Knee surgery study says you can heal well no matter how much you weigh
CINCINNATI (WKRC) - Friday is National Bike to Work Day and a local man was able to do that thanks to a team that helped him get rid of bad knee pain.
The team at Commonwealth Orthopaedics says that you shouldn’t let knee pain keep you on the couch this season.
A new study shows you don't need to wait, or lose weight, to resolve the most common cause of a real pain in the knee.
Phil Horney first began to feel knee pain while riding his bike.
“It was sort of a sharp gravely kind of pain, like there was something in there,” said Phil Horney.
By the time he was able to see Dr. Forest Heis, an orthopaedic surgeon, imaging tests showed he had a torn meniscus.
The meniscus is that pink cushion, and it is simply, as Dr. Heis says: “The shock absorbing cartilage in the knee.”
Initially, Dr. Heis told Phil that “We aren't going to be able to repair it, we'll just take it out.”
But Dr. Heis didn't take it out, which is a good thing according to a new study by researchers at Ohio State.
What researchers in the trial wanted to find out is whether or not what you weigh could make a difference in perhaps health, healing and what happens after that procedure.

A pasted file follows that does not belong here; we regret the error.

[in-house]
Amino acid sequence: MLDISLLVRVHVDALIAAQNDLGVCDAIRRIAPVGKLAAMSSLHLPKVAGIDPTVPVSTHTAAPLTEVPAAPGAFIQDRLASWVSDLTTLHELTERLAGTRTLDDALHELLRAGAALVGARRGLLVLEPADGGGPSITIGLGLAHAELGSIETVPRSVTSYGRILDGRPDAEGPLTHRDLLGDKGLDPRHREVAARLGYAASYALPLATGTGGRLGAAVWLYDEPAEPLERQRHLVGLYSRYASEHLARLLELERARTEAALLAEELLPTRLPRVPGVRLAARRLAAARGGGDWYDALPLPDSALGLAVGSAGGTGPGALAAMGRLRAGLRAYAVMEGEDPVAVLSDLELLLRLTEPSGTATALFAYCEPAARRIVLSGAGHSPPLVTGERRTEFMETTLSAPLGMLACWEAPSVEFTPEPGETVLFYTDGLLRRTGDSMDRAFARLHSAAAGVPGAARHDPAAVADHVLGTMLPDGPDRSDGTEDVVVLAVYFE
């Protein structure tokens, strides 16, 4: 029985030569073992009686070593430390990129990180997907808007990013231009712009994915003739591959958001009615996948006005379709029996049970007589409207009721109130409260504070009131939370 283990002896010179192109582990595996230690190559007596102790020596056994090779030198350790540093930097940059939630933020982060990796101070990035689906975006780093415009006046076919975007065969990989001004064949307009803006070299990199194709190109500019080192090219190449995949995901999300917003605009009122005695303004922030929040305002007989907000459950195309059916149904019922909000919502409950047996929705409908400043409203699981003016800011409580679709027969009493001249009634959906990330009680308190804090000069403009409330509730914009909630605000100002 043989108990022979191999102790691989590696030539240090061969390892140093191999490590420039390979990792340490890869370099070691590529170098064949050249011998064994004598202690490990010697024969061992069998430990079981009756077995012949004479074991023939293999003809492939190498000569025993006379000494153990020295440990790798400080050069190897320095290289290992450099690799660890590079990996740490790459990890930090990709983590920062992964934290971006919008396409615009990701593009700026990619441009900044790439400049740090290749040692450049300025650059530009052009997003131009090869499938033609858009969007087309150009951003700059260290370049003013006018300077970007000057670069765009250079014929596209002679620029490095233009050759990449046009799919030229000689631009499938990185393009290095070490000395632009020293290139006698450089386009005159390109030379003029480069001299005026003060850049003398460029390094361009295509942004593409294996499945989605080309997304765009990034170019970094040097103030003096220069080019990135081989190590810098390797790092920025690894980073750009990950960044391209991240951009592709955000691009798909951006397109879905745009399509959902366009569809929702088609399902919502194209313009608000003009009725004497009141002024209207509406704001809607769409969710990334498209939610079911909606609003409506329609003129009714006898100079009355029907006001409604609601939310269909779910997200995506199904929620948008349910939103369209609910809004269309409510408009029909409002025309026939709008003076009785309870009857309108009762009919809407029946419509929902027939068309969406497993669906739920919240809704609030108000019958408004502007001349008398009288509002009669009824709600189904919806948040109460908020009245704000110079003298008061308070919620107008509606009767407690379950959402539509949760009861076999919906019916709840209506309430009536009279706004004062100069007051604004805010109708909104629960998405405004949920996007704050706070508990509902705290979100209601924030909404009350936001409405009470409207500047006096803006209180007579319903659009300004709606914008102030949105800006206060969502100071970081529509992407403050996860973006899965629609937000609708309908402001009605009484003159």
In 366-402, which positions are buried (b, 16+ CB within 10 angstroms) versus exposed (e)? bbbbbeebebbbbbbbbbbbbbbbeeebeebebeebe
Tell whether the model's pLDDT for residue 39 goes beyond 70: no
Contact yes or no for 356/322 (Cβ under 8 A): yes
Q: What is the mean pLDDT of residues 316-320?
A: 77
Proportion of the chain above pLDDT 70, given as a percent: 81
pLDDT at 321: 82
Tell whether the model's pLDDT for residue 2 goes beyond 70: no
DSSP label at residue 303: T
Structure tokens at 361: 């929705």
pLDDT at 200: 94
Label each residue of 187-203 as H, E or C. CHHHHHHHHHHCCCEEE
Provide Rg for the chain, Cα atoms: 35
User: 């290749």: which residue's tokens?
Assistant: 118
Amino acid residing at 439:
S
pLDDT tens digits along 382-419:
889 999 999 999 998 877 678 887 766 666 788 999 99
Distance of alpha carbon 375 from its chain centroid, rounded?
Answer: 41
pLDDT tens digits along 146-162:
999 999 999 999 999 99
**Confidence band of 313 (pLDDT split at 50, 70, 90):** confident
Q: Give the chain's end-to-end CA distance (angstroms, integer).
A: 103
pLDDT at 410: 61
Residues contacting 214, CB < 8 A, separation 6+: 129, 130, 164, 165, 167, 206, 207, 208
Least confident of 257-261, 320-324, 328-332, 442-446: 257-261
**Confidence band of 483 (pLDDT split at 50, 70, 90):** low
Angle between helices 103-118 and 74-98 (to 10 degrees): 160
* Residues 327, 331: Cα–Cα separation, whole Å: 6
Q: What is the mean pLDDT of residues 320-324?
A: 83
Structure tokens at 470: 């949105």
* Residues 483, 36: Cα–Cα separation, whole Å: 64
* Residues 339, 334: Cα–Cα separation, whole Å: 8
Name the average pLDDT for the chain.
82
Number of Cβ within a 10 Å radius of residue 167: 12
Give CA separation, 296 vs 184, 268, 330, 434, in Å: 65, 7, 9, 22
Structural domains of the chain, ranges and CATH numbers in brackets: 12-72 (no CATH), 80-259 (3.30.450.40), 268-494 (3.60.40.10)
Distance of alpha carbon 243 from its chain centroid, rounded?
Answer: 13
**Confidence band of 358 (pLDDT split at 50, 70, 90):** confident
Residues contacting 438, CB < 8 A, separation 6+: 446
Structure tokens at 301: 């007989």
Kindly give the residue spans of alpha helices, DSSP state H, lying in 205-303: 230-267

You see, if you lose five pounds then, as Dr. Heis says: “That's thirty pounds your knee doesn't feel when you go up and down stairs. Our thought was the bigger you are the less likely it will be to heal. What the study showed was actually that may not be the case.”
The study actually found those overweight do very well healing after a meniscus repair. Phil did so well he lost weight.
“When I first started I weighed about 260 pounds, and now I weigh 215,” said Phil.
The best part of all this, according to Phil, is that he is back to serious exercise and most of all as he says: “It's nice to be able to get on the bike without any pain.”